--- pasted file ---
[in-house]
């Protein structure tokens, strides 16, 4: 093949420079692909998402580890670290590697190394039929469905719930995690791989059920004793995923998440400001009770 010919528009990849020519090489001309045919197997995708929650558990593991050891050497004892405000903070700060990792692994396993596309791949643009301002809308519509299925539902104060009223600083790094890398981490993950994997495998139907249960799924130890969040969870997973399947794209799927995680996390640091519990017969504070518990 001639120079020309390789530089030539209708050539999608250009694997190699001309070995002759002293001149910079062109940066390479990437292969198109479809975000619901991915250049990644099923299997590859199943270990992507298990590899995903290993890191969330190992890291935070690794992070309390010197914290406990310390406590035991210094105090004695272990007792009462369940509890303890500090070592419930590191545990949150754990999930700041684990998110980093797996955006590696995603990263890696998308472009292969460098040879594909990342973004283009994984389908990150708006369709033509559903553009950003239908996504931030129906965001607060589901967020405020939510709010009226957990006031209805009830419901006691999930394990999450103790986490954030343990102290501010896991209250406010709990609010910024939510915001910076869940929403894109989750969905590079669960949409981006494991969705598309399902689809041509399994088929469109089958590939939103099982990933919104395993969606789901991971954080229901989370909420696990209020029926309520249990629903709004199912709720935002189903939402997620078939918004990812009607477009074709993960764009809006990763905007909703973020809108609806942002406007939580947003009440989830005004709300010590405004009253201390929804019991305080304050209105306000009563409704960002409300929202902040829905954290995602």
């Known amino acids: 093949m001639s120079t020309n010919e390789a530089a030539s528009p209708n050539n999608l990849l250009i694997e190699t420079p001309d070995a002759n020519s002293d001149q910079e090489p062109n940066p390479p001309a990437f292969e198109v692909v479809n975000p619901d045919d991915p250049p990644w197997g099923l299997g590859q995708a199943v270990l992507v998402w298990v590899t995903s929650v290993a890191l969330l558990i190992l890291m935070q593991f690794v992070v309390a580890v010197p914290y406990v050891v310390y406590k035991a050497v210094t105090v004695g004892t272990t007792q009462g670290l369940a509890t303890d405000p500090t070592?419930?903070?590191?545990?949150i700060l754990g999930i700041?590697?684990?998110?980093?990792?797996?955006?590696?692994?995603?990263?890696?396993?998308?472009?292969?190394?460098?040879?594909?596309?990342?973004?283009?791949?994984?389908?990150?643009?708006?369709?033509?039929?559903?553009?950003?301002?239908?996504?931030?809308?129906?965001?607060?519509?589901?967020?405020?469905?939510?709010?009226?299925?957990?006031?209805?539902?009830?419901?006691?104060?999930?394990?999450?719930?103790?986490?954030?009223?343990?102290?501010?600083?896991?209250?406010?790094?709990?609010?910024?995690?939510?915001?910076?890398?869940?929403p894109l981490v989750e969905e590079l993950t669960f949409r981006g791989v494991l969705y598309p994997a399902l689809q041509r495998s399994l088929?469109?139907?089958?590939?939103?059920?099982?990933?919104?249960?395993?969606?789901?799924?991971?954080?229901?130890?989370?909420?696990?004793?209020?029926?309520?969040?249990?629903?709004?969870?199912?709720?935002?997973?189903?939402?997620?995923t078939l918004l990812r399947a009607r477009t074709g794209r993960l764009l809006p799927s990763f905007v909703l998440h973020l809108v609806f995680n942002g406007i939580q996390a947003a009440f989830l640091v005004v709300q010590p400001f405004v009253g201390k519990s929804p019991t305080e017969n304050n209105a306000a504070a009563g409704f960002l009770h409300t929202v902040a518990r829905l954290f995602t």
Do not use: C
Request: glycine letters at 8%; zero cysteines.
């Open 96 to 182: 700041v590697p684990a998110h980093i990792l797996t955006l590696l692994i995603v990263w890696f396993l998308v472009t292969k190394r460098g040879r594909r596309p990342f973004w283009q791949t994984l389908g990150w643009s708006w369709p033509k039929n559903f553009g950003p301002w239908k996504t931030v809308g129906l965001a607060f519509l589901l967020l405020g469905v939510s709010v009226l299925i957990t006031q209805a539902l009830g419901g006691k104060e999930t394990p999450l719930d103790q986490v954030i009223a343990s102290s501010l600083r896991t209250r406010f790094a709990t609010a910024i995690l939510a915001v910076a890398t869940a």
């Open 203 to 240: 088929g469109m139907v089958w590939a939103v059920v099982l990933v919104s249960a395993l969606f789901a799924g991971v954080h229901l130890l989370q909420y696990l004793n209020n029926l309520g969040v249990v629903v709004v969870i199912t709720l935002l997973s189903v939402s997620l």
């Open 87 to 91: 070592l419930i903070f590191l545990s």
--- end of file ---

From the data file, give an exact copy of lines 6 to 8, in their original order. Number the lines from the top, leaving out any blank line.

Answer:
């Open 96 to 182: 700041v590697p684990a998110h980093i990792l797996t955006l590696l692994i995603v990263w890696f396993l998308v472009t292969k190394r460098g040879r594909r596309p990342f973004w283009q791949t994984l389908g990150w643009s708006w369709p033509k039929n559903f553009g950003p301002w239908k996504t931030v809308g129906l965001a607060f519509l589901l967020l405020g469905v939510s709010v009226l299925i957990t006031q209805a539902l009830g419901g006691k104060e999930t394990p999450l719930d103790q986490v954030i009223a343990s102290s501010l600083r896991t209250r406010f790094a709990t609010a910024i995690l939510a915001v910076a890398t869940a």
């Open 203 to 240: 088929g469109m139907v089958w590939a939103v059920v099982l990933v919104s249960a395993l969606f789901a799924g991971v954080h229901l130890l989370q909420y696990l004793n209020n029926l309520g969040v249990v629903v709004v969870i199912t709720l935002l997973s189903v939402s997620l």
């Open 87 to 91: 070592l419930i903070f590191l545990s």